September 11, 2013
On New Year's Day of his 21st year, Tim Lake learns from his Dad that the men in their family can travel back in time to specific moments in their lives. There will of course be rules that cannot be violated lest past events altered will give rise to completely different future outcomes. Naturally kind-hearted Tim uses this inherited power to get himself a girlfriend, among other good-intentioned deeds in consciously-planned "Groundhog Day" scenarios.
Domhnall Gleeson (whom we will recognize as one of the elder Weasley brothers in the Harry Potter series) felt really sincere as dorky Tim. Rachel McAdams (already the heroine of love stories like "The Notebook" and "The Time Traveller's Wife") plays insecure Mary very sweetly. They were a delightful, very charming couple here, ideal even.
The scenes on how Tim successfully got Mary to be his girlfriend, and their turbulent wedding reception were their best scenes together. OK, Gleeson may look a bit younger than McAdams, but you still can't deny that their positive chemistry was truly palpable through the movie screen. Given the proper breaks, Gleeson (son of veteran actor Brendan Gleeson) may well be the next Hugh Grant. This character Mary is the best I have seen of McAdams.
While the bright candid poster suggests that this is a romantic love story for the ladies, men will find emotional connection with the scenes between Tim and his Dad, played by a droll and sentimental Bill Nighy. There may have been scenes which violate the very rules upon which their time-traveling is based, but the father and son sentiment was so poignant I decided to just overlook them.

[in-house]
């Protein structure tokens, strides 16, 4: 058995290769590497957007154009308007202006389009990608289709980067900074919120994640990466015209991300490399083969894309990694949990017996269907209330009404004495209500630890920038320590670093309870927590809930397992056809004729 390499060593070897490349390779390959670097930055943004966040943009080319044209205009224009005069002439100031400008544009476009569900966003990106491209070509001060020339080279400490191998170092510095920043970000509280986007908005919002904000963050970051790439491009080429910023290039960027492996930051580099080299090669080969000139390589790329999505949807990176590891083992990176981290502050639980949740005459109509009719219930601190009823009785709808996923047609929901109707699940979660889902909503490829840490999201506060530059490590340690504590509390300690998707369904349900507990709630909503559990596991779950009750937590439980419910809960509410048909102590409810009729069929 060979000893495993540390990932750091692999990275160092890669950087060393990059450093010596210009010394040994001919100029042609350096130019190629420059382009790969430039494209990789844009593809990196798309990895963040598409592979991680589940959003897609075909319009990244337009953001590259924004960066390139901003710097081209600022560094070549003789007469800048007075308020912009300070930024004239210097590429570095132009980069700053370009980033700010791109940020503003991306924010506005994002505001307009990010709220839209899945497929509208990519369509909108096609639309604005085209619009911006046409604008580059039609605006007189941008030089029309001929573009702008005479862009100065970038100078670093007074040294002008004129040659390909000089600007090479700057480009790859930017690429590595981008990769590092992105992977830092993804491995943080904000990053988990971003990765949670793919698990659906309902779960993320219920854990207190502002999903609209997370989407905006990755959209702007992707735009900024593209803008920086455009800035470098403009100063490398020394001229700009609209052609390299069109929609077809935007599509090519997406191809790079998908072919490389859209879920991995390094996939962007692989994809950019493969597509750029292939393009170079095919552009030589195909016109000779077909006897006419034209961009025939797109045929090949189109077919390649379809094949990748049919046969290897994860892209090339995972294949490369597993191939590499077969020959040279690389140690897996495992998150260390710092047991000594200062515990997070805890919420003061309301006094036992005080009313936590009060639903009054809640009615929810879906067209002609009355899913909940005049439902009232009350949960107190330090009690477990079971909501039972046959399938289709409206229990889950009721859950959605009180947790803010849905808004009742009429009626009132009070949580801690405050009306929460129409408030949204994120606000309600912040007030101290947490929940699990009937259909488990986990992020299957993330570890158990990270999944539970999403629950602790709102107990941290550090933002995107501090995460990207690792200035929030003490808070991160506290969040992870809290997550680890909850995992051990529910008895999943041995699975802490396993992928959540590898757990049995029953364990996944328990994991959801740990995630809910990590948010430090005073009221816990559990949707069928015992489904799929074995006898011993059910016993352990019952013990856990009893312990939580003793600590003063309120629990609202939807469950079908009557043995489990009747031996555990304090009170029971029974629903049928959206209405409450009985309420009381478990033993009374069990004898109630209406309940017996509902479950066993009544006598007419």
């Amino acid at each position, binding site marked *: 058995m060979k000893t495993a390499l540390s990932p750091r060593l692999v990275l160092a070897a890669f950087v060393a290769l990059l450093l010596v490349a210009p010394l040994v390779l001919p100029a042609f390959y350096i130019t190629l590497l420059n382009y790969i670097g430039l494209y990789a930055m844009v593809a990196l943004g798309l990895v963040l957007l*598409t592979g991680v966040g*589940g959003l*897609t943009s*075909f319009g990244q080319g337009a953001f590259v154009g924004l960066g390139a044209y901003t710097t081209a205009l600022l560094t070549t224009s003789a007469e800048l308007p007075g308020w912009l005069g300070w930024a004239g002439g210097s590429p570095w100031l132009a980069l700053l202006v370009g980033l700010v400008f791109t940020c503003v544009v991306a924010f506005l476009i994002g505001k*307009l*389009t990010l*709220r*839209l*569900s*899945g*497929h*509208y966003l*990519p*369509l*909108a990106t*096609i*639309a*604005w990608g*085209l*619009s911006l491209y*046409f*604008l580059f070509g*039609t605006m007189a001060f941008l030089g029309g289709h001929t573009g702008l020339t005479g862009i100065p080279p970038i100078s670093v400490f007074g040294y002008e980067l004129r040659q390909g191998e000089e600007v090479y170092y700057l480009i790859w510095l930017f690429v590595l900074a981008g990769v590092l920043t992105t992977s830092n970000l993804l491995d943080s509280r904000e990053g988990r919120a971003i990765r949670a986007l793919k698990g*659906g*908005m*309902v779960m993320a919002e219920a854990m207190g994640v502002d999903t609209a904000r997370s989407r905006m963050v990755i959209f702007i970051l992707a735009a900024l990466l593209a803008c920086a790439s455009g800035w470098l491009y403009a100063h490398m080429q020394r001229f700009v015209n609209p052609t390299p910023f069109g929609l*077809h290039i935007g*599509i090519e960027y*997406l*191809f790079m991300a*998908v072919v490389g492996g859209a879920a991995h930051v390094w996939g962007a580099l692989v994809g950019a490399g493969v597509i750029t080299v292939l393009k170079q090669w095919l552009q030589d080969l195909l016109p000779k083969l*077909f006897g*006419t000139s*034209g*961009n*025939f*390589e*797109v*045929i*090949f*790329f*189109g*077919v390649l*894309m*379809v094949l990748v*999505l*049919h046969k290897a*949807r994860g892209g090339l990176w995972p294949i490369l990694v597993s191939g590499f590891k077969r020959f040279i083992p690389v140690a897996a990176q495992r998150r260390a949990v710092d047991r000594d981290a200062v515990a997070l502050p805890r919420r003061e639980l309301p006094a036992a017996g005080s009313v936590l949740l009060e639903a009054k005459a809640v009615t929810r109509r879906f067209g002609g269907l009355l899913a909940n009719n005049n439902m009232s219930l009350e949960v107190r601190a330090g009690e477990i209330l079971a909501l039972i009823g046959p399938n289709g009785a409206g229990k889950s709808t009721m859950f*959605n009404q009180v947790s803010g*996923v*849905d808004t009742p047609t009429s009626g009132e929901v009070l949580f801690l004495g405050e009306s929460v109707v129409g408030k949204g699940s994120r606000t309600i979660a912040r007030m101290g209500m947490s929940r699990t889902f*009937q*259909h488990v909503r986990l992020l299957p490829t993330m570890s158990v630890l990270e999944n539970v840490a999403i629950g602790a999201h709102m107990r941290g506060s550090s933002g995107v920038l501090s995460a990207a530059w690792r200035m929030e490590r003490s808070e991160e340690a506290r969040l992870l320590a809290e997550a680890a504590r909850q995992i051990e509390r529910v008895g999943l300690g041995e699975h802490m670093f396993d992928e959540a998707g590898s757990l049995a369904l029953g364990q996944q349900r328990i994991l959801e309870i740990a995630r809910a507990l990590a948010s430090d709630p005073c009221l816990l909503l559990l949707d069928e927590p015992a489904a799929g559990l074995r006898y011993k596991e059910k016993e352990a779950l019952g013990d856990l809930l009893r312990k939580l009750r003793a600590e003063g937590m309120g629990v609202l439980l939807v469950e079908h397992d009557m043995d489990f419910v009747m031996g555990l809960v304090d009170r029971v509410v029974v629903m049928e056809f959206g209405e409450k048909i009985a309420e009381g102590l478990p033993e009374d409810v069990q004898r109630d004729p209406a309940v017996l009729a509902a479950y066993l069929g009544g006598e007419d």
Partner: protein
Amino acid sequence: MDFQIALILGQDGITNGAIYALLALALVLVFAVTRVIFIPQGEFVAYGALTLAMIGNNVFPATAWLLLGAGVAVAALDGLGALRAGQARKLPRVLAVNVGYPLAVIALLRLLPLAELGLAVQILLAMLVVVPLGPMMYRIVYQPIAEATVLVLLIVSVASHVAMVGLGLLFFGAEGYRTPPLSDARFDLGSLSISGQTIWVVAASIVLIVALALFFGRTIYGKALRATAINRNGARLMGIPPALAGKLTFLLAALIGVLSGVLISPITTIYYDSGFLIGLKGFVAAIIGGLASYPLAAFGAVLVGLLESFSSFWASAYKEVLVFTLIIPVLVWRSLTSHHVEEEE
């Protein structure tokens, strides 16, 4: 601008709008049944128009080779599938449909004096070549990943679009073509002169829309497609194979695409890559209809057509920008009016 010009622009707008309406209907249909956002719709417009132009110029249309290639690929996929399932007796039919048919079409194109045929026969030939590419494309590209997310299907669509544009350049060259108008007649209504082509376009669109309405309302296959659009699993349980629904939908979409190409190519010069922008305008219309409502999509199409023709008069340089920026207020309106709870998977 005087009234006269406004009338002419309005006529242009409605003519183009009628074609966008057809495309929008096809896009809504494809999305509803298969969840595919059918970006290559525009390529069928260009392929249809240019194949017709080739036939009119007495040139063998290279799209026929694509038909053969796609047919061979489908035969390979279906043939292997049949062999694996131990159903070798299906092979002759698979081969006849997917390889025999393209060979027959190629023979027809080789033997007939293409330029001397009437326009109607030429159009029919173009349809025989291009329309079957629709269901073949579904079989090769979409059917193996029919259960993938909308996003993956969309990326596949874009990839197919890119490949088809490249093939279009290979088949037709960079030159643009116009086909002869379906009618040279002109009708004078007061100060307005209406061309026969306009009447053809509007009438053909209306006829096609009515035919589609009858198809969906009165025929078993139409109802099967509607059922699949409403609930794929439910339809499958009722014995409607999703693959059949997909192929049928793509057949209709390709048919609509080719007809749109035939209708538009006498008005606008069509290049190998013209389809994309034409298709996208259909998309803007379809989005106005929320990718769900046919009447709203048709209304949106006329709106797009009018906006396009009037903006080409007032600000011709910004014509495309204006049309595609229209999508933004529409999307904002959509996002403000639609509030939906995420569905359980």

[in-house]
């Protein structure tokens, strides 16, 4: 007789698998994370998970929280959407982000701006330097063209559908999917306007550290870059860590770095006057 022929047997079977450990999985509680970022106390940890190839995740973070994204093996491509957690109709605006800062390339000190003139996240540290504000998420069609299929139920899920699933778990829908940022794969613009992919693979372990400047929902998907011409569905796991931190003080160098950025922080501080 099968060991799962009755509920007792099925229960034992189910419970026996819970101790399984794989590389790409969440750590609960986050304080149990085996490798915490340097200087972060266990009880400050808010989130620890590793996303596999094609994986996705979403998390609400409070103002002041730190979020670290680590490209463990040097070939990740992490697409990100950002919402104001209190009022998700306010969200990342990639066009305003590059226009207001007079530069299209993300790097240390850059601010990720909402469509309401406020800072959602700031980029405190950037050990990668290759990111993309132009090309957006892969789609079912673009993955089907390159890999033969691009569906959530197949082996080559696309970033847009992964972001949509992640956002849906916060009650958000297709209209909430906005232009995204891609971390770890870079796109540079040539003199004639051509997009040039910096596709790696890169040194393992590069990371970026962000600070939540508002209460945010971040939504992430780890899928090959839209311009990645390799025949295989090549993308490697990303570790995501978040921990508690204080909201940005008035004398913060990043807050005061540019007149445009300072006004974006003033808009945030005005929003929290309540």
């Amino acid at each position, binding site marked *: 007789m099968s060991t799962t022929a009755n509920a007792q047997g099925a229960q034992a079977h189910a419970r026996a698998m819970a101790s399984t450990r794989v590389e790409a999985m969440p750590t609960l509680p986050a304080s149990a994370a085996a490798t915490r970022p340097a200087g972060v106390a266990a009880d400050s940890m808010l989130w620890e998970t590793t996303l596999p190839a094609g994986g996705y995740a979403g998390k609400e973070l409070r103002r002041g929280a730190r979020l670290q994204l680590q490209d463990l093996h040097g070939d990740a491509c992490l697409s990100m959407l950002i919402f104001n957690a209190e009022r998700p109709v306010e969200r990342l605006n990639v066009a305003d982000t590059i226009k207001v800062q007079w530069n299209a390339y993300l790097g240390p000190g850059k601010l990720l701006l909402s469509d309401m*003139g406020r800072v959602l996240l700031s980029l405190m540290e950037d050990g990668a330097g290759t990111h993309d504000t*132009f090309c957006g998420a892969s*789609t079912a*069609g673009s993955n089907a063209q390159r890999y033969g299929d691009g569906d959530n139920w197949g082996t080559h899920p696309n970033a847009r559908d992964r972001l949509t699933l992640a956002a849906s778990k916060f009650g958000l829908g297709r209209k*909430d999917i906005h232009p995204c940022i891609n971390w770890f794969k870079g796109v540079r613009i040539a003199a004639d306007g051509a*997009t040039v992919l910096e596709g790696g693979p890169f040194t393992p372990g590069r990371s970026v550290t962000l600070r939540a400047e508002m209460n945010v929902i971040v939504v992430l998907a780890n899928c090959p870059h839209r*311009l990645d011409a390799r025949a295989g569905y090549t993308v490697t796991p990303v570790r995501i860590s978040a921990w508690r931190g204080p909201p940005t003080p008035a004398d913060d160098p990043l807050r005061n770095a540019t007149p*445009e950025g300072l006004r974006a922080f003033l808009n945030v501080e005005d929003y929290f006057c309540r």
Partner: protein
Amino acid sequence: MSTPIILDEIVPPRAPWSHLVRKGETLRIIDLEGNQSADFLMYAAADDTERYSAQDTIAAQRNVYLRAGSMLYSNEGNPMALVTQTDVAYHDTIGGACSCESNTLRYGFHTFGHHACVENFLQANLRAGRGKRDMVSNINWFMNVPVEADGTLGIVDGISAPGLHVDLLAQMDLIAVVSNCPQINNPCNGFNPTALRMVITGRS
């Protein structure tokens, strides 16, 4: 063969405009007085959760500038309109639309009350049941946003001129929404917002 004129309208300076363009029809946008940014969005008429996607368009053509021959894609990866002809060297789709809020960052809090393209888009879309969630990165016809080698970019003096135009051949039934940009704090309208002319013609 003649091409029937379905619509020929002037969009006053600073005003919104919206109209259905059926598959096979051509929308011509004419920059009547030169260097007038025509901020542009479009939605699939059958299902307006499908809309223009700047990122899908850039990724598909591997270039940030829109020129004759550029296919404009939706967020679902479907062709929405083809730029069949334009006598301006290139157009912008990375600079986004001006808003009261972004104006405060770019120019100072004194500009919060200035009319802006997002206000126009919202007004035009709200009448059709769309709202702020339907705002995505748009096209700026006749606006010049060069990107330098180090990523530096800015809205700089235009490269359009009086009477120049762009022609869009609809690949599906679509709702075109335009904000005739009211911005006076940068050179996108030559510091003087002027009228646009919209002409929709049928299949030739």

The cinematography of the Cornwall coastal panorama and the streets of London was very vibrant with life. The perfectly-timed entrance of nostalgic pop songs and ethereal new tunes on the musical soundtrack adds to the emotional atmosphere created by the situations.
There might have been some scenes that I felt went a little too long, contributing to a running time of more than two hours. The whole side plot about Tim's beautiful crush Charlotte (Margot Robbie) could have been shortened, as well as that endless scene where Mary was choosing a dress to wear to an event.
Overall though, this is a very light and pleasant, very British love story by Richard Curtis, who wrote beloved modern rom-com classics like "Four Weddings and a Funeral," "Notting Hill" and "Love Actually." Again like his other films, "About Time" is also about love and family, but this one had an actual fantasy element in play, and that unique magical touch adds to the fun and the romance of the story. 7/10.